Monday, April 30, 2012
Judged Just Because of "Who" They Are
All pit bulls to be considered dangerous under court ruling
Pit bulls are inherently dangerous animals, the state's highest court has ruled, a decision that could lead to stiff penalties for people found responsible in attacks — even if the dogs have never been violent before.
"It is no longer necessary to prove that the particular pit bull or pit bulls are dangerous," the court ruled Thursday.
The case stems from a 2007 attack on a child in Towson that led several local governments to reconsider the laws governing pit bulls. The animals are banned in Prince George's County.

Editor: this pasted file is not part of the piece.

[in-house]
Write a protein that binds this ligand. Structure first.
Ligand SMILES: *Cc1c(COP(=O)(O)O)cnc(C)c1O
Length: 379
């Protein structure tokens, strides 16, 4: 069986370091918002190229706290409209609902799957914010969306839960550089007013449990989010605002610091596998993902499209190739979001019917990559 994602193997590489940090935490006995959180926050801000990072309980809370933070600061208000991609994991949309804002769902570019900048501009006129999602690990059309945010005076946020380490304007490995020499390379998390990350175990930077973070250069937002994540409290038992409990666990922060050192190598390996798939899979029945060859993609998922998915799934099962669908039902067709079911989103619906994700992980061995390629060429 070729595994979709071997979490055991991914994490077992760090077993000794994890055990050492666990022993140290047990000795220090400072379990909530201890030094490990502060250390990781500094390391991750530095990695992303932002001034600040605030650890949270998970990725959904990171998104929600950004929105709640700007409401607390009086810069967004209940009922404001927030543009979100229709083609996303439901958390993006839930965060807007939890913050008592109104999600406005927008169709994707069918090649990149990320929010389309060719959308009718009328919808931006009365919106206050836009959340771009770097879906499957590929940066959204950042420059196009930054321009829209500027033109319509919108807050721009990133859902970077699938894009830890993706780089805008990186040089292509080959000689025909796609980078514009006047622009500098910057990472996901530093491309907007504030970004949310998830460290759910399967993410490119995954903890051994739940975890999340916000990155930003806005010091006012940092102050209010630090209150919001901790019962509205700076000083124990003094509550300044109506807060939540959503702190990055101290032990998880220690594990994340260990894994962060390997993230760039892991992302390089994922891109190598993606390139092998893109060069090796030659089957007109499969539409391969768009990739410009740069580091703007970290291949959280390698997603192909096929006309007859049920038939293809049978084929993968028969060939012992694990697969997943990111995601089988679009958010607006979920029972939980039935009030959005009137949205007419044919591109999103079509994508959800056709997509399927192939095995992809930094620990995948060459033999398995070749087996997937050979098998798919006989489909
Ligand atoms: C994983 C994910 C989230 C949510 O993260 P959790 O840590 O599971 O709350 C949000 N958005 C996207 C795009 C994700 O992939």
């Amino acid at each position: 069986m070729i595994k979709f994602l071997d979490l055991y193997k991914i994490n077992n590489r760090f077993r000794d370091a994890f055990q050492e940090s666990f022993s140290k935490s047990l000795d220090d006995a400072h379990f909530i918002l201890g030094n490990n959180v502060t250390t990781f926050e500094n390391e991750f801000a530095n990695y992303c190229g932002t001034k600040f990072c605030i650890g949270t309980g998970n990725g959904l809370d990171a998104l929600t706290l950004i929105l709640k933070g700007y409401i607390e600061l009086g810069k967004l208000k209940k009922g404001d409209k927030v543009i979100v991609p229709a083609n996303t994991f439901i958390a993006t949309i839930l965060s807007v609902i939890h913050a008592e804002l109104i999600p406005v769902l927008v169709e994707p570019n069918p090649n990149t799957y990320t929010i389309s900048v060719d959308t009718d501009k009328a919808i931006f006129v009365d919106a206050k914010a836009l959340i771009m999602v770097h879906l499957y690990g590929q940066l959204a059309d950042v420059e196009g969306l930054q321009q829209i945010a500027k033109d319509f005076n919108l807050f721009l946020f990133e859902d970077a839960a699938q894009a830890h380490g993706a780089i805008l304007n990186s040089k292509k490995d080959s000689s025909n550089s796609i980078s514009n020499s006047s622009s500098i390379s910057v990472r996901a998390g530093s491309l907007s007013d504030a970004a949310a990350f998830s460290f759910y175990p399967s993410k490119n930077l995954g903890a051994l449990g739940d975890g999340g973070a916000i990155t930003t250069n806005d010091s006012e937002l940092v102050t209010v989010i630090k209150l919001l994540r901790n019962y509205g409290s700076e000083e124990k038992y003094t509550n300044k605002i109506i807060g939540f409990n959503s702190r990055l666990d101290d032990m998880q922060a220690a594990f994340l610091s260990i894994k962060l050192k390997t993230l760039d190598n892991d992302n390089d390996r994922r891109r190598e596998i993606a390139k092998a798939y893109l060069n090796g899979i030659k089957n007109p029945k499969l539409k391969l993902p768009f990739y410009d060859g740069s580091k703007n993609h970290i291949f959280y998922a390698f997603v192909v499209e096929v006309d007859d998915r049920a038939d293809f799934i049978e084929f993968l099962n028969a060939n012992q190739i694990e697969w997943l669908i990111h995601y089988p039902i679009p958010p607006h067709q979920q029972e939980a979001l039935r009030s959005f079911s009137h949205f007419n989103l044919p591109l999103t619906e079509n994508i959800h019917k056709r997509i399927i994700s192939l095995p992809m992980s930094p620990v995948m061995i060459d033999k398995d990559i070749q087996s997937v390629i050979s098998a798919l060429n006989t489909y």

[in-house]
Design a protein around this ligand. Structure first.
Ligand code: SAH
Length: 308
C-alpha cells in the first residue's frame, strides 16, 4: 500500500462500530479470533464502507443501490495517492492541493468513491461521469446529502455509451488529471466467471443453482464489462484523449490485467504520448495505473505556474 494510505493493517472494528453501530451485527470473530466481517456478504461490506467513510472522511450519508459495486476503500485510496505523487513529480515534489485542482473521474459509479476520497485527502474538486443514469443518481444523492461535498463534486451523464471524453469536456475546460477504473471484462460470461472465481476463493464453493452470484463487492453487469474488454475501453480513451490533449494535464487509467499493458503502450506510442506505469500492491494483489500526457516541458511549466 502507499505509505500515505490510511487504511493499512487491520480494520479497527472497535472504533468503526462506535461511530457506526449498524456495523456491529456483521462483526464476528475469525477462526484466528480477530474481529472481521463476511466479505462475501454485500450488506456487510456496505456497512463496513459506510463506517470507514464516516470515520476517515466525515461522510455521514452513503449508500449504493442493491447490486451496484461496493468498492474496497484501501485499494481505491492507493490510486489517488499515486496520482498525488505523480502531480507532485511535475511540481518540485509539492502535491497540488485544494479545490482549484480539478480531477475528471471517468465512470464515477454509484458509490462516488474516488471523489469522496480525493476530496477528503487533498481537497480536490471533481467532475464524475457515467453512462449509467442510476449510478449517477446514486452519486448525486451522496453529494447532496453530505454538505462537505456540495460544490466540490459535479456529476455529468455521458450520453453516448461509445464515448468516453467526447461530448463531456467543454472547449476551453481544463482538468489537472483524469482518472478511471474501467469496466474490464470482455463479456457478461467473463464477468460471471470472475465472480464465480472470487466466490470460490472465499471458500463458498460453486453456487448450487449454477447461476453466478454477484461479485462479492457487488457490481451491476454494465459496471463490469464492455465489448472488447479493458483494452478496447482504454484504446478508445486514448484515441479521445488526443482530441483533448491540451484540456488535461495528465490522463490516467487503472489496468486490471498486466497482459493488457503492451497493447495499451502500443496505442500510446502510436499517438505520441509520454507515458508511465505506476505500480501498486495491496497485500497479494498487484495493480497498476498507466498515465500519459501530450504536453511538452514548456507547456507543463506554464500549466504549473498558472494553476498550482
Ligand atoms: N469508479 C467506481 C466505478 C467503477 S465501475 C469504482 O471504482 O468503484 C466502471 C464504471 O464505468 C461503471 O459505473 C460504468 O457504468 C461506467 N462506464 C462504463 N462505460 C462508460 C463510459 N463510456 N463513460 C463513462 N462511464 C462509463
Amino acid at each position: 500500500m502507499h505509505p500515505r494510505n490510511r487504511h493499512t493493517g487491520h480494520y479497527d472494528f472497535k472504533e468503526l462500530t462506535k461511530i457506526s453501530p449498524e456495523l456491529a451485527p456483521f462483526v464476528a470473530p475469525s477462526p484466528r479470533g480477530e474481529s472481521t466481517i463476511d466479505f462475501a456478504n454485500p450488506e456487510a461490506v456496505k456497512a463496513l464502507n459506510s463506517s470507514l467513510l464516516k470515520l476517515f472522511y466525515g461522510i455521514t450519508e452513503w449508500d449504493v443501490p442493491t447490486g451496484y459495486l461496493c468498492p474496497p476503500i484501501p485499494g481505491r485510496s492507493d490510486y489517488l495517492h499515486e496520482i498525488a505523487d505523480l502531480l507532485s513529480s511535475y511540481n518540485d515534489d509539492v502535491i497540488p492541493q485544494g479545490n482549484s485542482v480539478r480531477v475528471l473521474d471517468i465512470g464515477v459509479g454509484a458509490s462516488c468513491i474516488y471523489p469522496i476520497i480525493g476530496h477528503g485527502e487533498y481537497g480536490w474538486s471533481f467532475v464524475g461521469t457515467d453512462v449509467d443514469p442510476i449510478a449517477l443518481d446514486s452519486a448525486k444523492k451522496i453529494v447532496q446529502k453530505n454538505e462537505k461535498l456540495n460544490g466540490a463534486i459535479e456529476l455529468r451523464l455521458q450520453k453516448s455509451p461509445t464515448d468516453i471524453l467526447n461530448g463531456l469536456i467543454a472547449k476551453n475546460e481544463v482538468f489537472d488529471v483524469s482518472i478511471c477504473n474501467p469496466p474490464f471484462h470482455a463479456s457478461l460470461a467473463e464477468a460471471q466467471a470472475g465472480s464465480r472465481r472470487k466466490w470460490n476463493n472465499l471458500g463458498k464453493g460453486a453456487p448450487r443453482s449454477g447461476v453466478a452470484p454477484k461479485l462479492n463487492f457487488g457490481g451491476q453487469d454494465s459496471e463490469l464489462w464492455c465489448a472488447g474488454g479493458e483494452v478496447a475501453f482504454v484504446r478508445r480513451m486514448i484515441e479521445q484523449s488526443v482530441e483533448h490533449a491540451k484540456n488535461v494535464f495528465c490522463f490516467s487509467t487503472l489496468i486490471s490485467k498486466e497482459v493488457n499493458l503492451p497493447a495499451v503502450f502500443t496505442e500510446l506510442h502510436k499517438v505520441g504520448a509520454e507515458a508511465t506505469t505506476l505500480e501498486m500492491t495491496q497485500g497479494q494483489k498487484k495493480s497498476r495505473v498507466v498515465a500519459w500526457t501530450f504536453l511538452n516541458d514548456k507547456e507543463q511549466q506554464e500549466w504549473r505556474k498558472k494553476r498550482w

But some who oppose the ruling argue that a dog's breed is not a reliable way to predict whether the animal might become violent. They worry that the decision will make it more difficult for pit bull owners to find housing, and discourage others from adopting the dogs.
In a dissenting opinion, one justice said the decision establishes a troublesome precedent.
The decision is in response to a Baltimore County Circuit Court decision in the case of 10-year-old Dominic Solesky, who was attacked by a neighbor's pit bill in 2007.
Pauline Houliaras, president of B-More Dog, which formed in 2007 to fight anti-pit bull legislation in Baltimore County, said the group is "extremely disappointed" with the court's decision.